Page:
Protect the consumers: stolen mobile phones & the fraudulent usage by criminals, phone bills should not be passed to its legitimate owners. Regulation should be passed to impose mobile companies to contact legitimate owners if unusual amount of phone calls has been made.
Despite the fact that there are over 2 million mobile phones stolen each year in the UK alone, there are no regulations to make mobile companies inform their customers when fraudulent or any abnormal amount of calls are made on their mobile phones.
On the other hand, banks such as HSBC would have their customer service team call and inform their customer immediately if any unusual amout from any atypical location is been withdrawn or used. If the spending is not by the legitimate account holder, then the amount is usually returned.
So why mobile phone companies imposes the bill to the legitimate owner when mobile phones are lost or stolen? Sometimes reporting the theft to have the mobile phone barred takes a while. Clever criminals sets up a premium rate usually to Nigeria and your SIM card will be used to run a ridiculous amount on your bill. Moreover, mobile companies cannot trace these internationals calls until up to 3 months later nor can they pick up these bogus phone calls until it is over £50.00 usage per calls and usually criminals stops and re-dials again before hitting the £50.00 mark despite the fact that these calls are made on an automated basis every 2-3 minutes throughout the date.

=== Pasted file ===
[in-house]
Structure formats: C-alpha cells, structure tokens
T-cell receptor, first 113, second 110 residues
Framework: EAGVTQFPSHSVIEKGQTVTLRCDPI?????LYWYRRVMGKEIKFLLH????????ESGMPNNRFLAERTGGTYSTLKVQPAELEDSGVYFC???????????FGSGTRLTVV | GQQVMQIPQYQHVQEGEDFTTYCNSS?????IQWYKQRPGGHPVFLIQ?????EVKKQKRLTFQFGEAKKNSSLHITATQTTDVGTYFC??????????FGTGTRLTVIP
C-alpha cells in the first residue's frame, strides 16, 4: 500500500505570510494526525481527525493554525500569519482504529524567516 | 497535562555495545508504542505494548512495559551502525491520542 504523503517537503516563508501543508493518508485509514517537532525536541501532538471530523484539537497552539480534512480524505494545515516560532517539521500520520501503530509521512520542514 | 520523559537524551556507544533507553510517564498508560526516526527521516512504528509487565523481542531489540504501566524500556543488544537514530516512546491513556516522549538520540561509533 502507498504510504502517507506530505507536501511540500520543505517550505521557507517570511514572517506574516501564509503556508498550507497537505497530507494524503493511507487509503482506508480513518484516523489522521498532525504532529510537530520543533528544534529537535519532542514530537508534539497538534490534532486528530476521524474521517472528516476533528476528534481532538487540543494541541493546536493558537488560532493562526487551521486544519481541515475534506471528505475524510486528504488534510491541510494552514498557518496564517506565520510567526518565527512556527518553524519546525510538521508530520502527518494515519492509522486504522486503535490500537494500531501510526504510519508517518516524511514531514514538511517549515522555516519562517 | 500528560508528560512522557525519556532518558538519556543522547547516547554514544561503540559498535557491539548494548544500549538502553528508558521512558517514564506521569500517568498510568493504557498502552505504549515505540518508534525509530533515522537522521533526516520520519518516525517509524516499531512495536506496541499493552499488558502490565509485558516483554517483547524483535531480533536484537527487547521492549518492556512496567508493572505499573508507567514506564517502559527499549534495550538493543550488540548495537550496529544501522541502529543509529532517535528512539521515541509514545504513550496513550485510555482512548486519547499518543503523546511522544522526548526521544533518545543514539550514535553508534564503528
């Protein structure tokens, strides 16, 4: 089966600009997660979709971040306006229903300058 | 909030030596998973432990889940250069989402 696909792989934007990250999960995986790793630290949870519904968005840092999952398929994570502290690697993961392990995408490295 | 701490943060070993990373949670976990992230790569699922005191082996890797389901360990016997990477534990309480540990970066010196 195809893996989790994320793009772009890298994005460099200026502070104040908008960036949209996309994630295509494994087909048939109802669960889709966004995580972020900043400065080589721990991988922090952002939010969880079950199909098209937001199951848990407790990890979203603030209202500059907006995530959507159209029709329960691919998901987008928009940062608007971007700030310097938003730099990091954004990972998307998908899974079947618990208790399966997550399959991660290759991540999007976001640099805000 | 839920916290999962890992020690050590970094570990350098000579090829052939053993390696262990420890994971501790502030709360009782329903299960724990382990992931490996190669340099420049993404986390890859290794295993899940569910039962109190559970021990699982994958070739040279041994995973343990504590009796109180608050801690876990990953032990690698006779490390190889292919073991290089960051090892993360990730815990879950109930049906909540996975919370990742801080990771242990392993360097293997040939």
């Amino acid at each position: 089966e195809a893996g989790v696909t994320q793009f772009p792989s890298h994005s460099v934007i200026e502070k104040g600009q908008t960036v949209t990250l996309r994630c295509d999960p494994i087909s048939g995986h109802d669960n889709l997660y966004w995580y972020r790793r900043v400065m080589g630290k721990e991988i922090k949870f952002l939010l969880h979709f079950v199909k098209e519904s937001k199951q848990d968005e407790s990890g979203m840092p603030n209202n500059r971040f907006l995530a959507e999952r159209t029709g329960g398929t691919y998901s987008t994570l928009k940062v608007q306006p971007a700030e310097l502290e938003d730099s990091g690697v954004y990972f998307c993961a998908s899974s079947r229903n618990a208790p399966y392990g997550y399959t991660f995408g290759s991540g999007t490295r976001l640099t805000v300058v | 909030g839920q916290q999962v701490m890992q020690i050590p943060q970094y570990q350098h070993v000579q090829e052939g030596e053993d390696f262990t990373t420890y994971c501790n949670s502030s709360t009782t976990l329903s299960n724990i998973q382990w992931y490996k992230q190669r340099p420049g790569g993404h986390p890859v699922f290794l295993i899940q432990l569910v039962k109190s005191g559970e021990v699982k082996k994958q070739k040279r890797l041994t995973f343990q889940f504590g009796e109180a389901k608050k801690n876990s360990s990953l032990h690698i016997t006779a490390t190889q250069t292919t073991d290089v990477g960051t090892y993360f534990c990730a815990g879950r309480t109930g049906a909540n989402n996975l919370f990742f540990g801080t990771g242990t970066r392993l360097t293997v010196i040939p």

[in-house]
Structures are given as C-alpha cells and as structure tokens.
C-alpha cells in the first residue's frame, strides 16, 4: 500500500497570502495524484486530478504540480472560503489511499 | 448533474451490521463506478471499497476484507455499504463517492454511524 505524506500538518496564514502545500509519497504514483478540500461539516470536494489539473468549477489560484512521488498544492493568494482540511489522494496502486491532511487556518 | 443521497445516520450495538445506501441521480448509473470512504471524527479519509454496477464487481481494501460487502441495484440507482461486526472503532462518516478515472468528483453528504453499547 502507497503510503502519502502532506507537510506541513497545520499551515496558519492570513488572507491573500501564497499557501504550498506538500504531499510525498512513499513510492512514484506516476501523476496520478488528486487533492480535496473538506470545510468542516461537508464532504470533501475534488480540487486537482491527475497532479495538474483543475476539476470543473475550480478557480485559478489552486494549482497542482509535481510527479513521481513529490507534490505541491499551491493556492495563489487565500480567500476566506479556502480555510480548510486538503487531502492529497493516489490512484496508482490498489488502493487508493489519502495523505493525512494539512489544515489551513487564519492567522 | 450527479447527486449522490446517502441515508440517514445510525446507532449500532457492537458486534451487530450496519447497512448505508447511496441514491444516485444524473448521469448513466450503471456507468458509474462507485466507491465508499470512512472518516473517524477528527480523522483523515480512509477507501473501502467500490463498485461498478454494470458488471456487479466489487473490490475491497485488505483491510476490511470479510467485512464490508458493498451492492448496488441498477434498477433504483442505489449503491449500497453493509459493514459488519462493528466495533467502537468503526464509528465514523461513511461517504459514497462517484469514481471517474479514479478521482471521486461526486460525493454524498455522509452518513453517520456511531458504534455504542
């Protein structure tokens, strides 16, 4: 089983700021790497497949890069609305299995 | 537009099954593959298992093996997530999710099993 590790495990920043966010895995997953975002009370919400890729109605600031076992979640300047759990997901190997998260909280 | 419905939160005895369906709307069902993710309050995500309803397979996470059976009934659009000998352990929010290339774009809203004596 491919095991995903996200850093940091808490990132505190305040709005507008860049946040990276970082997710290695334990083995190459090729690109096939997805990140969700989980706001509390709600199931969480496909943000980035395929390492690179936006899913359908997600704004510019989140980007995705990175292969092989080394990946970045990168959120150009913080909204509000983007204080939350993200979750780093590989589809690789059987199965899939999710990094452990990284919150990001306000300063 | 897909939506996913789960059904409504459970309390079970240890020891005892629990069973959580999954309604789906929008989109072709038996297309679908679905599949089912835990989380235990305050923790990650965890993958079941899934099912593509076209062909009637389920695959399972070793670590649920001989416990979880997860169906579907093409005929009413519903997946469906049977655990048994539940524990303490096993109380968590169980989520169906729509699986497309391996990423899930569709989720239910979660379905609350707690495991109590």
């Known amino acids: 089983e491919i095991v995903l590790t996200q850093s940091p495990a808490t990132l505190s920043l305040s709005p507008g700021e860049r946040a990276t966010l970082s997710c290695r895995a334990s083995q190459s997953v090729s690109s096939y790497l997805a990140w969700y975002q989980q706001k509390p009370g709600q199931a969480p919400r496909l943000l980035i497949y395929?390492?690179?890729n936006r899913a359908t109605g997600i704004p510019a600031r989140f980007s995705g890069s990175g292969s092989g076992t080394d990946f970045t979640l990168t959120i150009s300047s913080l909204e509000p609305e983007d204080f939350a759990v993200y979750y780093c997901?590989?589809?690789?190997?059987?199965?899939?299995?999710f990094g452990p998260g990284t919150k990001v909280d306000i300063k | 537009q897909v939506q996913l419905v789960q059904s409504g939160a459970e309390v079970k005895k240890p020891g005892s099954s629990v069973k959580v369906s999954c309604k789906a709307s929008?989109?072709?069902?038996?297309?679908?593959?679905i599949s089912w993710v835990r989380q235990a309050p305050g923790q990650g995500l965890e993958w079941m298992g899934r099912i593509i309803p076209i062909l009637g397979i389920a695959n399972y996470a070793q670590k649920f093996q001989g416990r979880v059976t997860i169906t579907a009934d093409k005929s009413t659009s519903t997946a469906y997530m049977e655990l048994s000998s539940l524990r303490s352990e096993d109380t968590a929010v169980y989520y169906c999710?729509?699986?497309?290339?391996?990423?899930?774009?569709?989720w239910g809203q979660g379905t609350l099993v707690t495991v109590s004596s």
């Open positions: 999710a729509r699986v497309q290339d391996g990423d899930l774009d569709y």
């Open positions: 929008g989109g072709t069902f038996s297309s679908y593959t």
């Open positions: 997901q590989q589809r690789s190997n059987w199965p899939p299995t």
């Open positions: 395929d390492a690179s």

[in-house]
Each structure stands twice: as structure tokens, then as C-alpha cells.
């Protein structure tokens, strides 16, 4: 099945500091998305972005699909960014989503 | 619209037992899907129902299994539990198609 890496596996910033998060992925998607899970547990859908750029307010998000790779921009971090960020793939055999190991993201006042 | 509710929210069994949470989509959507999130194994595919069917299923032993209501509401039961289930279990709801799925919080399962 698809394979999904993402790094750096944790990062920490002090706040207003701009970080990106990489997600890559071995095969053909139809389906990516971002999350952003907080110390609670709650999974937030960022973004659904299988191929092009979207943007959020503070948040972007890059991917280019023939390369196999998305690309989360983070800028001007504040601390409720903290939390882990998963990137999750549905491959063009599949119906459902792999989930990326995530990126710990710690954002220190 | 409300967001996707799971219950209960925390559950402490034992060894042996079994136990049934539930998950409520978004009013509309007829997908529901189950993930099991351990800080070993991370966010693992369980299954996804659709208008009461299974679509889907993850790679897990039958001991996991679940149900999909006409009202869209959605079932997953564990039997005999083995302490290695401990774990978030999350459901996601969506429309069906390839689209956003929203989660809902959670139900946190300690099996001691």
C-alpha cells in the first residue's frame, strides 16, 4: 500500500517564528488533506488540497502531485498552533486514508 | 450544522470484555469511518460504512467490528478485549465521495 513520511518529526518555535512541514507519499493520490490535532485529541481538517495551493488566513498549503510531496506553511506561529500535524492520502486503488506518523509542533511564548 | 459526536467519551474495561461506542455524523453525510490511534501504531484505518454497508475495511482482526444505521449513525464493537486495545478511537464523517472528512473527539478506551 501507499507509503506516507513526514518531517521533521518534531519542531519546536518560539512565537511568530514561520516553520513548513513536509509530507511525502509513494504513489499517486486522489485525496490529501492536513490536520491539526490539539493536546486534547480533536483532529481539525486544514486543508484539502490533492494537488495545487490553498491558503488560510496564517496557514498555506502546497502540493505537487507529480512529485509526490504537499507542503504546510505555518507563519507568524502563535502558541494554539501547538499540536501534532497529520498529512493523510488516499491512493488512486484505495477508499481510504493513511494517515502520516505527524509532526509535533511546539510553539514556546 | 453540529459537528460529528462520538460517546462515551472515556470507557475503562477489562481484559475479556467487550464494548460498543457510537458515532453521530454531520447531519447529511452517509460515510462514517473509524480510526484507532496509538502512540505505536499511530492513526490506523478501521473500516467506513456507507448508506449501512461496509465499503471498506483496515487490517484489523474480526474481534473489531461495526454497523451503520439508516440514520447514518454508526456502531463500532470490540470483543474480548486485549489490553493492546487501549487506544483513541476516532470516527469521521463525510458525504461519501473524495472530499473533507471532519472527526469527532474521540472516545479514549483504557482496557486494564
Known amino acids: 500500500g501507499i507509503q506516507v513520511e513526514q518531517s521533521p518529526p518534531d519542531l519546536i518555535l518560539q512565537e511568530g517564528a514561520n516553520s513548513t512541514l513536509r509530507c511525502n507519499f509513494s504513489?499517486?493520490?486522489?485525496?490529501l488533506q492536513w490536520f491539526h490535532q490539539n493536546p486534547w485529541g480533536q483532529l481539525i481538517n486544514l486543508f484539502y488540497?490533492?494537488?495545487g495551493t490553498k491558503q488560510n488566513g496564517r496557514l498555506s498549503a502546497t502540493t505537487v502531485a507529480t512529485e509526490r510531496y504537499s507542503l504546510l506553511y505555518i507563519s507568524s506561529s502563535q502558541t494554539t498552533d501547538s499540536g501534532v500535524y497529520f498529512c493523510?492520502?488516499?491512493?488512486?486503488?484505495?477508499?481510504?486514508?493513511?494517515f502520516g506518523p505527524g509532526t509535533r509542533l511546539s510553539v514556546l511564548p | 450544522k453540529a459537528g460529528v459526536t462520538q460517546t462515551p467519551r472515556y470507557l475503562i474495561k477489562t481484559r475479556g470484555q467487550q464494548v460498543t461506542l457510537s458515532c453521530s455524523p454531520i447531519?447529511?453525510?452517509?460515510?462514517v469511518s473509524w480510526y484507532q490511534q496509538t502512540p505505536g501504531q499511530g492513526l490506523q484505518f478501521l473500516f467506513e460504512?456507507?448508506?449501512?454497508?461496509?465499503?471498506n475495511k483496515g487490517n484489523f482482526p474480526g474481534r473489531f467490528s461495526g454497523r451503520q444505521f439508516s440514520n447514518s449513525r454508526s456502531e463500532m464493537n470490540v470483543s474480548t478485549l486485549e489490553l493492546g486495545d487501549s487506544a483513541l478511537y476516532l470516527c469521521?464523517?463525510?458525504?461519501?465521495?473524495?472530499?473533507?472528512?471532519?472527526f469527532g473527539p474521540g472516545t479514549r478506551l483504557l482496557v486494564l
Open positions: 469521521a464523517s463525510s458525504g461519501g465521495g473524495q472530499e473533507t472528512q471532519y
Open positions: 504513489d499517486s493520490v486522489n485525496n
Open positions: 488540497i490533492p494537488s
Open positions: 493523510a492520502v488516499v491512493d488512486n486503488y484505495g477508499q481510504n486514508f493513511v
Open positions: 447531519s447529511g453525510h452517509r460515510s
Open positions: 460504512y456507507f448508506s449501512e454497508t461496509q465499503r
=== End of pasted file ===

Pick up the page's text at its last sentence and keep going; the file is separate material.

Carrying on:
Currently there are no regulation to make mobile companies inform their customers of their unusual mobile phone usage which is the reason why I am requesting for your kind petition to change this.
Your cooperation will be much appreciated.
A victim myself with a £1200 phone bill (all calls to Nigeria) run in 2 days.
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Phil Crossman, United Kingdom4 years ago Comments: The telecoms industry needs to ensure that it protects its customers in the same way other industries have seen fit to do.
Dennis Patrickson, United Kingdom4 years ago Comments: No comment.
Manju Vekaria, United Kingdom4 years ago Comments: -
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